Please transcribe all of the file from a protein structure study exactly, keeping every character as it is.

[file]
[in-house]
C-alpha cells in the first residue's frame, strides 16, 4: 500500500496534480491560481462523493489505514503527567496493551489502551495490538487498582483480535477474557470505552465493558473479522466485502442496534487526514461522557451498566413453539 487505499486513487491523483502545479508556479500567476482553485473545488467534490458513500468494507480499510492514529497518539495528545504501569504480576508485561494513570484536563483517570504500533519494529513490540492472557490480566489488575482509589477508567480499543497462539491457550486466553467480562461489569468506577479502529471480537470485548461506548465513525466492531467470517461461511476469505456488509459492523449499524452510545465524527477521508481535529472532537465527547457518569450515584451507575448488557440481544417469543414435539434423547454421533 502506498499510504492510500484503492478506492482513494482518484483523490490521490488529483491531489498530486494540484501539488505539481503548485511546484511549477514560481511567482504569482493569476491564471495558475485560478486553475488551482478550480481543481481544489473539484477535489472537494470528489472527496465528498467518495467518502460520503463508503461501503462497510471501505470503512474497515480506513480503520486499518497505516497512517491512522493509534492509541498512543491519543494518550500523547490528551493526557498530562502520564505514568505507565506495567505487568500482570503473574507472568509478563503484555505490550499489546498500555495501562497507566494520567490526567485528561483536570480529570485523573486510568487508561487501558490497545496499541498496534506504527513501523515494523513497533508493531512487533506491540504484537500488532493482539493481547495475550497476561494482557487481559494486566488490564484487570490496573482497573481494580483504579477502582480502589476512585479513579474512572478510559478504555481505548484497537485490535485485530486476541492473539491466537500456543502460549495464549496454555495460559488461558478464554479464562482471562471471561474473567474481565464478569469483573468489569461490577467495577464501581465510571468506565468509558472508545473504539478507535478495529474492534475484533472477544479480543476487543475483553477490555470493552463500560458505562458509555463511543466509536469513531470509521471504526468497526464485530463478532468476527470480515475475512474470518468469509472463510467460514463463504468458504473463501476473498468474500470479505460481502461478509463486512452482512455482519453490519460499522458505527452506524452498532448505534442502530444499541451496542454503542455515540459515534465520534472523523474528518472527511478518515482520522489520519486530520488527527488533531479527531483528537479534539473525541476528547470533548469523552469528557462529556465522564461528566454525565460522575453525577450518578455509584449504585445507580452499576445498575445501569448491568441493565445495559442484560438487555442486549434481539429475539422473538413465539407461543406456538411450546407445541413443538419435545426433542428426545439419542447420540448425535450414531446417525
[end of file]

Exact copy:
[in-house]
C-alpha cells in the first residue's frame, strides 16, 4: 500500500496534480491560481462523493489505514503527567496493551489502551495490538487498582483480535477474557470505552465493558473479522466485502442496534487526514461522557451498566413453539 487505499486513487491523483502545479508556479500567476482553485473545488467534490458513500468494507480499510492514529497518539495528545504501569504480576508485561494513570484536563483517570504500533519494529513490540492472557490480566489488575482509589477508567480499543497462539491457550486466553467480562461489569468506577479502529471480537470485548461506548465513525466492531467470517461461511476469505456488509459492523449499524452510545465524527477521508481535529472532537465527547457518569450515584451507575448488557440481544417469543414435539434423547454421533 502506498499510504492510500484503492478506492482513494482518484483523490490521490488529483491531489498530486494540484501539488505539481503548485511546484511549477514560481511567482504569482493569476491564471495558475485560478486553475488551482478550480481543481481544489473539484477535489472537494470528489472527496465528498467518495467518502460520503463508503461501503462497510471501505470503512474497515480506513480503520486499518497505516497512517491512522493509534492509541498512543491519543494518550500523547490528551493526557498530562502520564505514568505507565506495567505487568500482570503473574507472568509478563503484555505490550499489546498500555495501562497507566494520567490526567485528561483536570480529570485523573486510568487508561487501558490497545496499541498496534506504527513501523515494523513497533508493531512487533506491540504484537500488532493482539493481547495475550497476561494482557487481559494486566488490564484487570490496573482497573481494580483504579477502582480502589476512585479513579474512572478510559478504555481505548484497537485490535485485530486476541492473539491466537500456543502460549495464549496454555495460559488461558478464554479464562482471562471471561474473567474481565464478569469483573468489569461490577467495577464501581465510571468506565468509558472508545473504539478507535478495529474492534475484533472477544479480543476487543475483553477490555470493552463500560458505562458509555463511543466509536469513531470509521471504526468497526464485530463478532468476527470480515475475512474470518468469509472463510467460514463463504468458504473463501476473498468474500470479505460481502461478509463486512452482512455482519453490519460499522458505527452506524452498532448505534442502530444499541451496542454503542455515540459515534465520534472523523474528518472527511478518515482520522489520519486530520488527527488533531479527531483528537479534539473525541476528547470533548469523552469528557462529556465522564461528566454525565460522575453525577450518578455509584449504585445507580452499576445498575445501569448491568441493565445495559442484560438487555442486549434481539429475539422473538413465539407461543406456538411450546407445541413443538419435545426433542428426545439419542447420540448425535450414531446417525